Real Networks Inc. Integrates Media Players


Real Networks Inc. will combine its RealPlayer video player and Real Jukebox audio application into a single streaming device — RealOne — for both narrowband and broadband Internet users.

The company also disclosed a list of 150 hardware and content companies that will support RealOne — including many cable networks.

"RealOne Platform will empower our partners to create a new generation of digital media business," RealNetworks chairman and CEO Rob Glaser said at a videostreamed company-sponsored conference held last Monday in Seattle.

By combining Real's separate audio and video streaming players into one device, Glaser hopes to accelerate the company's push into subscription services, including downloaded music files and movies.

"We're building an integrated premium-content delivery platform," he said.

Glaser said Real's $9.95 a month GoldPass service now reaches 400,000 subscribers. Content includes streamed Major League Baseball and National Basketball Association radio broadcasts.

Later this year, Real Networks will launch MusicNet, a subscription-based music service, in partnership with AOL Time Warner Inc., EMI Music and Bertlesmann Music Group. Glaser also hopes to deliver movies from the two studio-backed Internet movie services, MovieFly and

"All of the stars are aligning to create an ecosystem around premium services," he said.

Last week, Major League Baseball said it would offer a second premium Internet-content service. Local radio broadcasts of MLB games are already available on Real's GoldPass service.

Radio feeds are also available directly from for $9.95 per season. MLB advanced media CEO Bob Bowman said more than 125,000 subscribers have signed up directly with the league.

"There are people out there that only want baseball, stand-alone," Bowman said. MLB's target market for the audio service is the displaced fan.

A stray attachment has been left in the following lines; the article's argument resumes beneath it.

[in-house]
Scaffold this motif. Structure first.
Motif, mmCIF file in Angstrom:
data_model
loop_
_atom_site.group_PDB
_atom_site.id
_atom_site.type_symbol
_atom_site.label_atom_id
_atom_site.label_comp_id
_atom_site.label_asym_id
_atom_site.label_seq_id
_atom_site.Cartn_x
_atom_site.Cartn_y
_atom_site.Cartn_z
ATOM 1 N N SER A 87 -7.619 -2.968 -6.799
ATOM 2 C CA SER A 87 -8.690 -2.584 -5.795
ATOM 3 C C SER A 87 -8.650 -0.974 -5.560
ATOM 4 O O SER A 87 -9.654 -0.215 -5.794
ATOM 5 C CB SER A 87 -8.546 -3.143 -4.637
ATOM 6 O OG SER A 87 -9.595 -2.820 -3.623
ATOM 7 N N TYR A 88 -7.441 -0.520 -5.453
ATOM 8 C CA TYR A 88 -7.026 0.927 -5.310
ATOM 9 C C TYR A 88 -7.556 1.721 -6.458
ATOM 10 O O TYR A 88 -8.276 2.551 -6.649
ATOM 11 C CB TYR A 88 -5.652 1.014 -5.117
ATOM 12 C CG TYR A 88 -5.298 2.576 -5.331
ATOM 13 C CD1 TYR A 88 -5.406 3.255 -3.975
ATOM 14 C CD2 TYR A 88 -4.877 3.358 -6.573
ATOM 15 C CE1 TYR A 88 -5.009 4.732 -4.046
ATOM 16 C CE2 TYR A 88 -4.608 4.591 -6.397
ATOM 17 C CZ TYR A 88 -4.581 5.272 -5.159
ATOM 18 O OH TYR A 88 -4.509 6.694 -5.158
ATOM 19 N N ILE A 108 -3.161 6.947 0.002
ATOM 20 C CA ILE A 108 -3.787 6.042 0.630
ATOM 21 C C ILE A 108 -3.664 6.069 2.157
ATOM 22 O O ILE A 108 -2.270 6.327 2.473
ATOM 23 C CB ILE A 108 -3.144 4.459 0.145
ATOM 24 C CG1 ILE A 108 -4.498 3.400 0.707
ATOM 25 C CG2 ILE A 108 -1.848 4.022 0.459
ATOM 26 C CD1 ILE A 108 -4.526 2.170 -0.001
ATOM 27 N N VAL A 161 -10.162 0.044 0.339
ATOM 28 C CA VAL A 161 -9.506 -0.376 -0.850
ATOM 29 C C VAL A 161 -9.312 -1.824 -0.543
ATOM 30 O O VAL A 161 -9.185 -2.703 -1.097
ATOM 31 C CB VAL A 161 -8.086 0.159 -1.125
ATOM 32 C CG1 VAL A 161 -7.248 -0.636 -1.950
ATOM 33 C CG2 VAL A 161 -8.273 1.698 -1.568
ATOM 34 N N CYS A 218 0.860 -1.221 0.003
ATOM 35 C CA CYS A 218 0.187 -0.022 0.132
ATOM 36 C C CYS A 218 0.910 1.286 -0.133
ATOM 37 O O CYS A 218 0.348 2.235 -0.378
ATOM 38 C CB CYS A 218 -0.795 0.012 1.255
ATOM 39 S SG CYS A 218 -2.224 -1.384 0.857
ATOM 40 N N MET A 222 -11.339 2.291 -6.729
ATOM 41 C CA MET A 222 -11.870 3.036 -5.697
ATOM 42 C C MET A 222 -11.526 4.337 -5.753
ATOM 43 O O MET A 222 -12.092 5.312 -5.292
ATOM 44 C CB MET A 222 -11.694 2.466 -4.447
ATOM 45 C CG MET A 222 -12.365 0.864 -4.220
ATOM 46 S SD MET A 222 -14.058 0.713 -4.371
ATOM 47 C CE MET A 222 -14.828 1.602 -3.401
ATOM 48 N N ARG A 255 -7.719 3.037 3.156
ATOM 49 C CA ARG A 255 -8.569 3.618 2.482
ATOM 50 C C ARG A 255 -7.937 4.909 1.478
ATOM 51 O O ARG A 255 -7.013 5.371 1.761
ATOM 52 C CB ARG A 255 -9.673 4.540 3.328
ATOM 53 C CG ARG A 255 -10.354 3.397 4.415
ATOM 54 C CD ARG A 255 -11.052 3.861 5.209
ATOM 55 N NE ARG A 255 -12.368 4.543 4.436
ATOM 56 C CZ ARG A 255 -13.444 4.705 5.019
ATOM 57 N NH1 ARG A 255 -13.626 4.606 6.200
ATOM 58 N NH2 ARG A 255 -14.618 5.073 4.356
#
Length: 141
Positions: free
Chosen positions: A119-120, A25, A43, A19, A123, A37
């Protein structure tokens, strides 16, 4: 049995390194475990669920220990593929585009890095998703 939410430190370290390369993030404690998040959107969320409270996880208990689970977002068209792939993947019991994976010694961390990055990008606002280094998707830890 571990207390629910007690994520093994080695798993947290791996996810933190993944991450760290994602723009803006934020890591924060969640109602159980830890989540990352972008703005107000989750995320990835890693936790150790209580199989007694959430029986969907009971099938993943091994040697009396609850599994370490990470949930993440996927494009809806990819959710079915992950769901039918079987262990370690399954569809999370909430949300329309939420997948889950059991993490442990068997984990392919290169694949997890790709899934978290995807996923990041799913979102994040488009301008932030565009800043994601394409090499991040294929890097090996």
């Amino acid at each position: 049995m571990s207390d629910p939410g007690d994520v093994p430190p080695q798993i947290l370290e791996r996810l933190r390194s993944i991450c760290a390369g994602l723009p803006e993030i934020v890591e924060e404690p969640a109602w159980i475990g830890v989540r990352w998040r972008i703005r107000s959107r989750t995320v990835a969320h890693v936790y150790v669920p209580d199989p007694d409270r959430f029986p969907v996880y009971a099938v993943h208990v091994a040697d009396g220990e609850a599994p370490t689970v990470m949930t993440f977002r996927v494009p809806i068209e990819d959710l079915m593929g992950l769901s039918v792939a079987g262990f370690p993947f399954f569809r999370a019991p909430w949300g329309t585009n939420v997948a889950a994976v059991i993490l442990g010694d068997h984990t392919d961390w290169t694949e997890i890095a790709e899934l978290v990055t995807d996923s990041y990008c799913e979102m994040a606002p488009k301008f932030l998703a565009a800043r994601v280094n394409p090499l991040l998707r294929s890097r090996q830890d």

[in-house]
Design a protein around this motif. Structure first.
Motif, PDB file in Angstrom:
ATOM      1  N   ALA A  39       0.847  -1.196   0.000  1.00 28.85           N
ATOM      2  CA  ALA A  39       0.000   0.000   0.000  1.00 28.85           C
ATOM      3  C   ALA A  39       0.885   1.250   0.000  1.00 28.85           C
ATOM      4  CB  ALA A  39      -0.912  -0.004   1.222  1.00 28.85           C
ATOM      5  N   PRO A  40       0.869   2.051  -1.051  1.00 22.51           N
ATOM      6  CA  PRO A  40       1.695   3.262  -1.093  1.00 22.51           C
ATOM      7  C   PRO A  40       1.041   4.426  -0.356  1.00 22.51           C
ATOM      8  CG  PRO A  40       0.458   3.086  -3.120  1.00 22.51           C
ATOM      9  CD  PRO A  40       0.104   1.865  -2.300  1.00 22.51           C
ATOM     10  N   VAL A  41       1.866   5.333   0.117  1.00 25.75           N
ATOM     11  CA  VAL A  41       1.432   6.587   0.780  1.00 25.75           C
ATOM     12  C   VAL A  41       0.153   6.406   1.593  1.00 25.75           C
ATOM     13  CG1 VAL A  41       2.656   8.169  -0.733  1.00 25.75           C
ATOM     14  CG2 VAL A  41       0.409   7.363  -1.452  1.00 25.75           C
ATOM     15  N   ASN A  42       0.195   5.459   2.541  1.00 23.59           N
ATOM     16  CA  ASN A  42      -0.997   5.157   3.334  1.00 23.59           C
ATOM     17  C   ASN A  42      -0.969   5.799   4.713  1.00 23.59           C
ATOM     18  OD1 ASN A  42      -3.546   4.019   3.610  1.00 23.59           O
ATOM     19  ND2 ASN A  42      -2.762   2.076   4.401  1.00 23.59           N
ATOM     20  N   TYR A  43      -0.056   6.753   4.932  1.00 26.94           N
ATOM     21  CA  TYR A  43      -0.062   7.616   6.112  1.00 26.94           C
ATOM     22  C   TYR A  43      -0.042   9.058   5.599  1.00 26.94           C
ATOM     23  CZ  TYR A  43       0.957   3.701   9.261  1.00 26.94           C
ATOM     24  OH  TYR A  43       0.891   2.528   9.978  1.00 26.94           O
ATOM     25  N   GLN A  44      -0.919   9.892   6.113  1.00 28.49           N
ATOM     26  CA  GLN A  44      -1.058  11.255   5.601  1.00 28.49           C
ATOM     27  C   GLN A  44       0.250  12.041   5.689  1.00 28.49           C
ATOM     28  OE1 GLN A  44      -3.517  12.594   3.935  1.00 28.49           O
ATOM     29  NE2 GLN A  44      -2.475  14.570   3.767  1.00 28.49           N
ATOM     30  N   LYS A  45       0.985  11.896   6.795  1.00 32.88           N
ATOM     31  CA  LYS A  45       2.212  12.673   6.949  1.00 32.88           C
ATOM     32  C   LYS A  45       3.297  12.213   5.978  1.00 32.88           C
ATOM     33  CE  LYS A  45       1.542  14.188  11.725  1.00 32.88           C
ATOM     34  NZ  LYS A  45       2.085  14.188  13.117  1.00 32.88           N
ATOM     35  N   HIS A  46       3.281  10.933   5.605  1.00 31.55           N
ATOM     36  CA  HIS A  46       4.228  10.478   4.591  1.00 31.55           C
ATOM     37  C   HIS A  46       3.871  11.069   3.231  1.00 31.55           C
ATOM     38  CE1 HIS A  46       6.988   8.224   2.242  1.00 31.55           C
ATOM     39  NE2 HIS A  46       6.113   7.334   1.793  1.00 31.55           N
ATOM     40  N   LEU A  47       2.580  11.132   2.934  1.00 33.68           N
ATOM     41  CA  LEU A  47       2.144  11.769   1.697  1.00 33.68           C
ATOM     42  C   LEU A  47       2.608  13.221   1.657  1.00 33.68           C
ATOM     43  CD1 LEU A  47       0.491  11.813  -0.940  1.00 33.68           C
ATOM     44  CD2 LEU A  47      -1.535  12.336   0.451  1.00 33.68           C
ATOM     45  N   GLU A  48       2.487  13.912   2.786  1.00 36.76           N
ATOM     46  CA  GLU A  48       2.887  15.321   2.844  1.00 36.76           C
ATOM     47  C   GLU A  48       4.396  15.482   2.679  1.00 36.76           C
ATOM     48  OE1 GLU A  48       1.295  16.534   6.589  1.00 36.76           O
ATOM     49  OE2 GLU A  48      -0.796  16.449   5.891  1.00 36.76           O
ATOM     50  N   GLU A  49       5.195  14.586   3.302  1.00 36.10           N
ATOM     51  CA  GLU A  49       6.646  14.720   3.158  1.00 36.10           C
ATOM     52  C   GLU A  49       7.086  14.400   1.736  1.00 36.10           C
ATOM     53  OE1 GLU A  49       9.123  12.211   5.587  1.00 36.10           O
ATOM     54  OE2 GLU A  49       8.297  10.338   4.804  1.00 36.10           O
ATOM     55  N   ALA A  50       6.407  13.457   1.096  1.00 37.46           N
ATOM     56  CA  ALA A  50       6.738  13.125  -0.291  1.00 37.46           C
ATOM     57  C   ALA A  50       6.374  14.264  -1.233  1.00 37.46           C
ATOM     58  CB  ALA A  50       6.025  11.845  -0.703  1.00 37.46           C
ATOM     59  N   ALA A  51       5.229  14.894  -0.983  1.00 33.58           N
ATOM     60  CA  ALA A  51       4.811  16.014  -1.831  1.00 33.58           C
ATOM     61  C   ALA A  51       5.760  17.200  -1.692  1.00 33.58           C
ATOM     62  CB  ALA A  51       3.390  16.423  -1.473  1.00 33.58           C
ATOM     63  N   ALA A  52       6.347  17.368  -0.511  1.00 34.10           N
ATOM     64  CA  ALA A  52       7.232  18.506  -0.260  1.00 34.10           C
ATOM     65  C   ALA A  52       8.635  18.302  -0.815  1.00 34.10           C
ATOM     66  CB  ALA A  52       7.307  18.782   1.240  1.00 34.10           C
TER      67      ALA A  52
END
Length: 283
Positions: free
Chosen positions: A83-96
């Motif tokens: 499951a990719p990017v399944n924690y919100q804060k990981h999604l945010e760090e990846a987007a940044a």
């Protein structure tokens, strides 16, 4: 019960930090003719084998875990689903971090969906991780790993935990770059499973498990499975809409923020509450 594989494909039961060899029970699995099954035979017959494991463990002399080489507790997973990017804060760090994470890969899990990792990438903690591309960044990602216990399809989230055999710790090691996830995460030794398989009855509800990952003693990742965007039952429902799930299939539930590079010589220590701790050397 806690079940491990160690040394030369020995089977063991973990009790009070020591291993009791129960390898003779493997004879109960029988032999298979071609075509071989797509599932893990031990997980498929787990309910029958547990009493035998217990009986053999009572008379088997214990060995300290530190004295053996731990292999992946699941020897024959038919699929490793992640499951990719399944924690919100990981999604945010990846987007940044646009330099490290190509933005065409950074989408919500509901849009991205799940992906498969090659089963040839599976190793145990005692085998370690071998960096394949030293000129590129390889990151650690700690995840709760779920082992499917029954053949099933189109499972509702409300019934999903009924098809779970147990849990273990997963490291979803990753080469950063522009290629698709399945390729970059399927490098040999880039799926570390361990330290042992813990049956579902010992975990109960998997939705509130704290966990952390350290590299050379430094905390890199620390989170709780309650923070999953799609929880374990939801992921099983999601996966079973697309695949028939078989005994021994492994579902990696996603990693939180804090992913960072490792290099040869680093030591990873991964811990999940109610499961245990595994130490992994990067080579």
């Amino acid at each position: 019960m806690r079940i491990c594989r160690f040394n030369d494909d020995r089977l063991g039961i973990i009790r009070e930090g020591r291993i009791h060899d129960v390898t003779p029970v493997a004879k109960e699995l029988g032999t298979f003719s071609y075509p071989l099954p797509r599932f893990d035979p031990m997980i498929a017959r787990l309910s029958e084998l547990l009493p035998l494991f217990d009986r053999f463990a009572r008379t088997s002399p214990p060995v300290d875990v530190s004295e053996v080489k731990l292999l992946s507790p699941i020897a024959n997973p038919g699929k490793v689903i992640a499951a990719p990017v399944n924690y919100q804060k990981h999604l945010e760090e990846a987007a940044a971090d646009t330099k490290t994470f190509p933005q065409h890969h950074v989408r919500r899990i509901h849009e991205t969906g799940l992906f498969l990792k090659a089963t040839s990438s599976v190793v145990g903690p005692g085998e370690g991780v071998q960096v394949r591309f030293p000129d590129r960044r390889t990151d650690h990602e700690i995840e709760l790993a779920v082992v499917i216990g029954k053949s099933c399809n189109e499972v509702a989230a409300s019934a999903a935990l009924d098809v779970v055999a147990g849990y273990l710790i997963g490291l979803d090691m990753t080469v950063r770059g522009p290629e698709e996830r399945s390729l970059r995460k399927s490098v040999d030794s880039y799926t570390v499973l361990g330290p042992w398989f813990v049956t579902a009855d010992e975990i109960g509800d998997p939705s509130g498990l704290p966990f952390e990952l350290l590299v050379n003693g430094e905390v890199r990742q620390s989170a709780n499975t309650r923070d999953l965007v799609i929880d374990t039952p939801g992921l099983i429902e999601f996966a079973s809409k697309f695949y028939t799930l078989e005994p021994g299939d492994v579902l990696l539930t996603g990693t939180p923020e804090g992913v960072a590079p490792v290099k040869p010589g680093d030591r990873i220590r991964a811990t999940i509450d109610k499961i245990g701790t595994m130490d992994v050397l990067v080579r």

MLB's latest initiative is geared toward rotisserie-league fans. For $4.95 a season, MLB offers Game Day Press Pass, which features previews of player matchups, injury reports and other pregame statistics. Such information had been available only to the press, the league said.

Subscribers will receive the information each day via electronic mail. Fans who sign up for the remainder of the season for $4.95 will receive Game Day Press Pass for free in the 2002 season.

Professional sports leagues are treading carefully into paid Internet-subscription waters. "We seek, ultimately, to make the pie as large as possible," said NBA Television president Ed Desser.

The NBA, which participates in Real's GoldPass, "is trying to recover the costs of doing this," Desser said. But the league must protect the fees it receives from TV and radio rightsholders when it adds content to new areas, such as the Internet.

"It's a balancing factor," Desser said. "The price point is a smell test. The question is what numbers will generate the highest possible use."

Besides the NBA and MLB, dozens of other content partners are backing RealOne. They include Discovery Channel, E! Online, Oxygen Media, Starz Encore Group LLC, The Weather Channel, Metro-Goldwyn-Mayer Inc., New Line Cinema, Sony Pictures Entertainment and Universal Music Group.